A stony demon stood in the middle of the path, baring his fangs to remind us of impending perils that lay ahead. The moss infested kingdom was home to lawless brutes that followed their own code-of-conduct.
Moments later, I looked back towards the entrance; a tourist appeared, swinging his camera in one hand and clutching a bunch of bananas in the other one.
Pointing at the sauntering sitting duck, my friend,Shannon said, “Is he stu-”
The man screamed, the bananas were snatched, and his noble quest was over. Only bravest, rather naïve, visitors would think of feeding the monkeys. Surely, there was a symbiotic relationship between the monkeys and the banana vendor, who stood at the main entrance of the forest.
The stony path led to a serpent that held in its coils meters wide pool of water; a pool that indulged the juvenile primates in diving games, that was common amidst their human counterparts. Branches of dead trees stood next to the water providing them a perfect perch. Beside the pool laid a feast of yam and sweet potatoes. While the mature males of the troupe were busy stuffing their faces, the youngsters monkeyed around in water. Next to a massive banyan tree, not far from the water,were rocks. It was the place to dry up in the sun.
The tailed acrobats had us under their spell and we watched them for a while. Suddenly, one of them dashed towards me. Having worn a white shirt, there was no possibility that I would let a soaking wet feral monkey on me. I swung my shoulder bag and deflected the marauder, who quickly deflected atop Shannon. After thoroughly wiping himself on Shannon’s hair and shirt, he left.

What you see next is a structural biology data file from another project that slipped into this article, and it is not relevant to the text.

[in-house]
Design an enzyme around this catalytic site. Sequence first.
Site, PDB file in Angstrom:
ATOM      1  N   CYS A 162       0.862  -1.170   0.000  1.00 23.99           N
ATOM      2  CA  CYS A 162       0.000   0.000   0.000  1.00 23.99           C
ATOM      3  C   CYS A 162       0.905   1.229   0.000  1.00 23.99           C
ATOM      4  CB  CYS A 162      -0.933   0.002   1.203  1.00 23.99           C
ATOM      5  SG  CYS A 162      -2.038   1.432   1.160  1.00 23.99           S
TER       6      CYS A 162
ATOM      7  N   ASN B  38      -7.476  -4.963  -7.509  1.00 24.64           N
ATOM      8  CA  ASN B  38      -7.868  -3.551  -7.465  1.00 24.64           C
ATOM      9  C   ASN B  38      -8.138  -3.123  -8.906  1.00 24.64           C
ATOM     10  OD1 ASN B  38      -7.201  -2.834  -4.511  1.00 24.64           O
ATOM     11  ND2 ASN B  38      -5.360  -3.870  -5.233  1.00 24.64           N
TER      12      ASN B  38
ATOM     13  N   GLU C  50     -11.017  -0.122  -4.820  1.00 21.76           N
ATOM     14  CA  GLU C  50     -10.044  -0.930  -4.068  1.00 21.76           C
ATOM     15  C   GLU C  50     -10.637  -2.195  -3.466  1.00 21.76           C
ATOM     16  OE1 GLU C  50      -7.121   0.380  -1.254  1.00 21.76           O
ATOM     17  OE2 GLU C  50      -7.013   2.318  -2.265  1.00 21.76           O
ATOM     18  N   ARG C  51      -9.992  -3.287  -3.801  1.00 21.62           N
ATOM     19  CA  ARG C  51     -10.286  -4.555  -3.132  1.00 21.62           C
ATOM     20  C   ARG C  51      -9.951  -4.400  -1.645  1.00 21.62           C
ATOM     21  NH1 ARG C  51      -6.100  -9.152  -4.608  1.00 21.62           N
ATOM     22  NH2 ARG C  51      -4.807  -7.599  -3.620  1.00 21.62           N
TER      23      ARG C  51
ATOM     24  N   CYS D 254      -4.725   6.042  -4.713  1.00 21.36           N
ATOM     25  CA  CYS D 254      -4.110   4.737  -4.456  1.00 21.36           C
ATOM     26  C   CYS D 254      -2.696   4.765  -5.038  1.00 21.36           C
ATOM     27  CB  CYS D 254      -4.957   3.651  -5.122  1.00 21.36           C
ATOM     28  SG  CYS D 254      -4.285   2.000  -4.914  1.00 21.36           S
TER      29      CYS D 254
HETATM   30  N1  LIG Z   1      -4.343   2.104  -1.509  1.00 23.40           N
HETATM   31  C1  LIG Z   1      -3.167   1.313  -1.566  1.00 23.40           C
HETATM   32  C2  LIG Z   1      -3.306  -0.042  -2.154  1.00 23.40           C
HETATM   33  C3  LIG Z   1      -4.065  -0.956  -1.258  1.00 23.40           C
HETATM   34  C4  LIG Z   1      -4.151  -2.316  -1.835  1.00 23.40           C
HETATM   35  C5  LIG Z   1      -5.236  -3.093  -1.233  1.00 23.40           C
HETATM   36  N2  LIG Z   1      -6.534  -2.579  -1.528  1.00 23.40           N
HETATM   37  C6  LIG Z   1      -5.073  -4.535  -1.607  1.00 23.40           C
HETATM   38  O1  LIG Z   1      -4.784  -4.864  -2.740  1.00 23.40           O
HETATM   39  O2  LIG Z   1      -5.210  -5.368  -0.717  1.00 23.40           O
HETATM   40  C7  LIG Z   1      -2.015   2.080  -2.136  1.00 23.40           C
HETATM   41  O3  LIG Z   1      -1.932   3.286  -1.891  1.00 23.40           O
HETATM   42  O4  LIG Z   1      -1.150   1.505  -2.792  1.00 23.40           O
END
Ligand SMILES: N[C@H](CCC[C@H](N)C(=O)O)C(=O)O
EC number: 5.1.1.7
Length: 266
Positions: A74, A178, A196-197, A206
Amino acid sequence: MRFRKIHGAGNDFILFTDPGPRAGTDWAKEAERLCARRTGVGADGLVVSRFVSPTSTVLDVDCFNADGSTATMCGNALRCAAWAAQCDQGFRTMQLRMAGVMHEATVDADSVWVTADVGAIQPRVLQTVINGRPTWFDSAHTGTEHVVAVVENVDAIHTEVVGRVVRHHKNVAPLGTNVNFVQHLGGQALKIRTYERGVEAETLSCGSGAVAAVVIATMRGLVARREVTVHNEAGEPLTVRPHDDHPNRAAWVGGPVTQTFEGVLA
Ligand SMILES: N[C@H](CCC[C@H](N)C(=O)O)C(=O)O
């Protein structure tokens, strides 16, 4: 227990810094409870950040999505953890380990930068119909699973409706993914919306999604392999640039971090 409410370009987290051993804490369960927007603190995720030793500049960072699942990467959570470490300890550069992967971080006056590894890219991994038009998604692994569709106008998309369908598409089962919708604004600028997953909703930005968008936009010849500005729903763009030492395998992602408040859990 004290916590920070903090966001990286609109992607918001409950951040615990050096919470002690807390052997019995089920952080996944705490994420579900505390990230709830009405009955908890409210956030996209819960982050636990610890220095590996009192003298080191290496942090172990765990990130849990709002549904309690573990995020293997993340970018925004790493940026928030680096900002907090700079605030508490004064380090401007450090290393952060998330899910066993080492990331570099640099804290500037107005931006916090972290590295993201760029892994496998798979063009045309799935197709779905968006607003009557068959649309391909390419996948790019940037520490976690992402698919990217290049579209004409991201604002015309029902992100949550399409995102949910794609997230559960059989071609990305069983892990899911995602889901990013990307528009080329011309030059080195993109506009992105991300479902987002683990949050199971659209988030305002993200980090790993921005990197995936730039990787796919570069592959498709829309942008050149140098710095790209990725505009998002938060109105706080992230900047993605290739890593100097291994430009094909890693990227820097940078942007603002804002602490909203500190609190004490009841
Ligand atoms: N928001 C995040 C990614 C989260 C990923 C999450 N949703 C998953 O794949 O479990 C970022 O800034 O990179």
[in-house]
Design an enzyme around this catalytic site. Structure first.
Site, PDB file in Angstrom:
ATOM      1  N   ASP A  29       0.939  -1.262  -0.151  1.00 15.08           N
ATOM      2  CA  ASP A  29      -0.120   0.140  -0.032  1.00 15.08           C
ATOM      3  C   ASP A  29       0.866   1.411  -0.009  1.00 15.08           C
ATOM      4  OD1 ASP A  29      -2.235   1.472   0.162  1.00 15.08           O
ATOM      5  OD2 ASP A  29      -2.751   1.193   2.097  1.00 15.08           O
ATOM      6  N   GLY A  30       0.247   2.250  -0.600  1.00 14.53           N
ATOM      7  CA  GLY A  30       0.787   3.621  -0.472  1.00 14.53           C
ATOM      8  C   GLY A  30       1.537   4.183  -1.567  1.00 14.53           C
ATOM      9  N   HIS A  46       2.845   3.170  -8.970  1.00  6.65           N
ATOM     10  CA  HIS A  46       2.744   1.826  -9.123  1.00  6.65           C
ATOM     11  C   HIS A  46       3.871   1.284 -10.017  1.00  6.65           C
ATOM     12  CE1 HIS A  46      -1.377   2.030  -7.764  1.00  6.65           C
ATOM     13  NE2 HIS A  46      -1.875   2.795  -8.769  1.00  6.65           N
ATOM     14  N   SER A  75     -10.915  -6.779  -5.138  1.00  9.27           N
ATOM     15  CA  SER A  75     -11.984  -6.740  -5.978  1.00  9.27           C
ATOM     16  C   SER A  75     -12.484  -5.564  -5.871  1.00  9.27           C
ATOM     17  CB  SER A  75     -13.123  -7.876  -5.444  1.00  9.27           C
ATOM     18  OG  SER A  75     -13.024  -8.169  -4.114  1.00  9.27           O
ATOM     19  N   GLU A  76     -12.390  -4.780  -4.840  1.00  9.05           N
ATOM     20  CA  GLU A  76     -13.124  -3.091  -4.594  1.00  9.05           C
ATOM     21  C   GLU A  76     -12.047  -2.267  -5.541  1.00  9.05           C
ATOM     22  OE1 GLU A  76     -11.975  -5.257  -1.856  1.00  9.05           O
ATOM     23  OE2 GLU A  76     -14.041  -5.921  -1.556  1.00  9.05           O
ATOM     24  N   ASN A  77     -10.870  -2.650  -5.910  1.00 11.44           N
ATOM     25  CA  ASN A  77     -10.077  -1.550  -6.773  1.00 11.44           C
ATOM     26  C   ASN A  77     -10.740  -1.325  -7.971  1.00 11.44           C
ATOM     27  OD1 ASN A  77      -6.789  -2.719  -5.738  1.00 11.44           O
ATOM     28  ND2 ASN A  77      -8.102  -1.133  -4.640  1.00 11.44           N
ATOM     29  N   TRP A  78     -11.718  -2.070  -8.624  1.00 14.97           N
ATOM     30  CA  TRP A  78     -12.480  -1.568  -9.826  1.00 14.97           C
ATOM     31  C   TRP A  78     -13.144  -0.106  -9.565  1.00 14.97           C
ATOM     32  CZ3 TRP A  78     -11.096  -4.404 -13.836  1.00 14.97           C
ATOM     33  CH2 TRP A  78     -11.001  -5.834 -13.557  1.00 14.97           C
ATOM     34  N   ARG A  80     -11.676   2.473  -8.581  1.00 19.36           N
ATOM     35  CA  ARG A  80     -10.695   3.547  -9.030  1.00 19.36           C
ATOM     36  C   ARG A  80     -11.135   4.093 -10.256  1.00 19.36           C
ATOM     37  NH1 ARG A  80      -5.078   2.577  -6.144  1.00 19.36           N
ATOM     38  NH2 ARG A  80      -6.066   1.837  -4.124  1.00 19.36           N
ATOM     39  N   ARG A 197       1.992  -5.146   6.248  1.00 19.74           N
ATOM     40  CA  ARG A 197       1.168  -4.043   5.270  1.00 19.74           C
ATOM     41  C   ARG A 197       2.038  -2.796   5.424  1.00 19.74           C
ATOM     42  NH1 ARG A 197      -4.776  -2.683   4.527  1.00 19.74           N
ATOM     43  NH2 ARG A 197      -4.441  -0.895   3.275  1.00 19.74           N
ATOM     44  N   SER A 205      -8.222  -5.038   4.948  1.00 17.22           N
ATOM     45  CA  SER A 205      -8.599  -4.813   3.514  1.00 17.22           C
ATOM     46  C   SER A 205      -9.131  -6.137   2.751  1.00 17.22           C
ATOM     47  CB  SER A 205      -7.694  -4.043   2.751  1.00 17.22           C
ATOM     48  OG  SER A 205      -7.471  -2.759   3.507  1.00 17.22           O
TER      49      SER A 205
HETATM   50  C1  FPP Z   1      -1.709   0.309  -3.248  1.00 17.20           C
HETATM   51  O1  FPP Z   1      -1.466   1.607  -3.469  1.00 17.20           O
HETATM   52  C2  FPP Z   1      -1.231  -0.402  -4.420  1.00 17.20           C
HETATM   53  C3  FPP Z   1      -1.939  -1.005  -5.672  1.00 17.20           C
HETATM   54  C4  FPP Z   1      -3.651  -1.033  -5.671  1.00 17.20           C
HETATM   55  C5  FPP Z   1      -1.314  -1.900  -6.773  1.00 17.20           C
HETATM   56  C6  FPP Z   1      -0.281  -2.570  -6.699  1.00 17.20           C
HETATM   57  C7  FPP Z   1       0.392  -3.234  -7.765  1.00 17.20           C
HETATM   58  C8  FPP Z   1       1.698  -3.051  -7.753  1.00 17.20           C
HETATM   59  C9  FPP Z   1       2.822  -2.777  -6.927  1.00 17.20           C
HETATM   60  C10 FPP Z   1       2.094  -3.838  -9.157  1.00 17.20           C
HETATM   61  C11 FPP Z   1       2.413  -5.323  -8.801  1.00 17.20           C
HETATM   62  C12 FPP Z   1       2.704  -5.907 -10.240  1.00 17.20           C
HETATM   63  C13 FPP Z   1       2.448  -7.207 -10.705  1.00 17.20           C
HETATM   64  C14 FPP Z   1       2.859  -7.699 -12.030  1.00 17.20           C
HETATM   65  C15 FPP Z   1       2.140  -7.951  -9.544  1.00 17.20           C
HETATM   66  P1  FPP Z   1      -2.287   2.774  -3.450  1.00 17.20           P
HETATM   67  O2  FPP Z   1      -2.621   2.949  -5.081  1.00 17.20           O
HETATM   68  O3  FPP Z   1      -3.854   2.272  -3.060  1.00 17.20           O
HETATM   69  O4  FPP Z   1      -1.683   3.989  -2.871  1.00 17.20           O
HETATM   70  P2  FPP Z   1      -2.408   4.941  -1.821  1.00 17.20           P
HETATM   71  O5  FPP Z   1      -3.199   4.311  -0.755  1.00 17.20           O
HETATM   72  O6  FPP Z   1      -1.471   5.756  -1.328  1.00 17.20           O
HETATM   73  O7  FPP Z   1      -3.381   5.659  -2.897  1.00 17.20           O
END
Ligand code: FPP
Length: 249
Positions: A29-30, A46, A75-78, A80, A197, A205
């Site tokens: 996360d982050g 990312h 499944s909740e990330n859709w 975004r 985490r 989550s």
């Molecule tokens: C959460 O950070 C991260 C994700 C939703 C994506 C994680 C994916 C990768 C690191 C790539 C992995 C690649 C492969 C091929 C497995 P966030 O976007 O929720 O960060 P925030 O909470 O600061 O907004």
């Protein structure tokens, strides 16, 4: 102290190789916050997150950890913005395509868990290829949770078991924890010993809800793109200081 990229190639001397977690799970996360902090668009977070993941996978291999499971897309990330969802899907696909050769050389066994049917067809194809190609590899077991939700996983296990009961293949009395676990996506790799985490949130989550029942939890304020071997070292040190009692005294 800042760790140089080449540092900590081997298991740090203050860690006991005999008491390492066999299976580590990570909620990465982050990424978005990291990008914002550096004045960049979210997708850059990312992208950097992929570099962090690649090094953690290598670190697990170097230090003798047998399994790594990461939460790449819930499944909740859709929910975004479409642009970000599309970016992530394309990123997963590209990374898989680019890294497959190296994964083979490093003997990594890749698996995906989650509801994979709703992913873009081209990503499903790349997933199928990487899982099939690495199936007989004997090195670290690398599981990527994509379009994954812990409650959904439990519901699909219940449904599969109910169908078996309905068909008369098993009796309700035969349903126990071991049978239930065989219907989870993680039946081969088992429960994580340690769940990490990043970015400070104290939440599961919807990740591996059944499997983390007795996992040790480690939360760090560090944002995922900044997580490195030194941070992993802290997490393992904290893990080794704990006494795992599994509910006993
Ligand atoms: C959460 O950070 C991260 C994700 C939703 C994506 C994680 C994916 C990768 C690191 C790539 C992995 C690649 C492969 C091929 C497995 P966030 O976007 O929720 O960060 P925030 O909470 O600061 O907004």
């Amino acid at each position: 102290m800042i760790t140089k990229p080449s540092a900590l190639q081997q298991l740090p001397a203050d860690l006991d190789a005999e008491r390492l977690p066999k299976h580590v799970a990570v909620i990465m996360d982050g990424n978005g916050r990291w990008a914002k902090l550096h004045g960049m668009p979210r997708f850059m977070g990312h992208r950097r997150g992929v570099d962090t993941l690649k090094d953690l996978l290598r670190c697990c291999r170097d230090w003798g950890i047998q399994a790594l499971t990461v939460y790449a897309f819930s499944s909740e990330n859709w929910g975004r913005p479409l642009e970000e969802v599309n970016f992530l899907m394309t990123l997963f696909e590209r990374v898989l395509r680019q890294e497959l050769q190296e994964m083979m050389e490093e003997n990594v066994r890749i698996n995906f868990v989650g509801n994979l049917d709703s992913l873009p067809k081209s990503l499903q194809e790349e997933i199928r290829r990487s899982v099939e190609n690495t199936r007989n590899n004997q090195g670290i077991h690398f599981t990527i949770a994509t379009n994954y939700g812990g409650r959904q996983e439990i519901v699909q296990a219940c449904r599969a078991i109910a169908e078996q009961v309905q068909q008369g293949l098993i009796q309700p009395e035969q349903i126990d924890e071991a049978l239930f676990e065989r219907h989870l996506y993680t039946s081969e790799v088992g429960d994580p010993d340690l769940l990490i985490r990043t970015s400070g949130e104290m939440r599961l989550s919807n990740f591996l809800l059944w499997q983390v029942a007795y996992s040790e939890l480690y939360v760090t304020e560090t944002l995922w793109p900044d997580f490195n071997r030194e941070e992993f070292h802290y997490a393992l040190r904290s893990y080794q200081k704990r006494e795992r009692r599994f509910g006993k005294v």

On walking a bit further, I heard a monkey squeal. No sooner had I turned my head than he jumped on my back. He rummaged through my bag. As instructed by the handlers, I avoided any sharp movements. We handed him a piece of Fisherman’s mints. He licked it, frowned and dropped it to the ground. He already had fresh breath. Soon, he lost interest in us, and I lost my latest live accessory.
The protected forest area of about 27 acres was in the village of Padangtegal,Ubud. Four groups of more than 300 crab eating macaques call the sanctuary home. Islanders believe that forests are an abode of spirits. May be that was why Pura Dalem Agung Padangtegal or Temple of Death, dedicated to Dewa Siwa or Shiva, was built in the forest.
On our way to the Temple of Death , we came across a mother macaque with a baby clung to her. She sat and dozed on a platform soaking in the sunlight that filtered through rainforest canopy. She looked content and reminded me of Madonna and the Child. No wonder they call her home the Sacred Monkey Forest!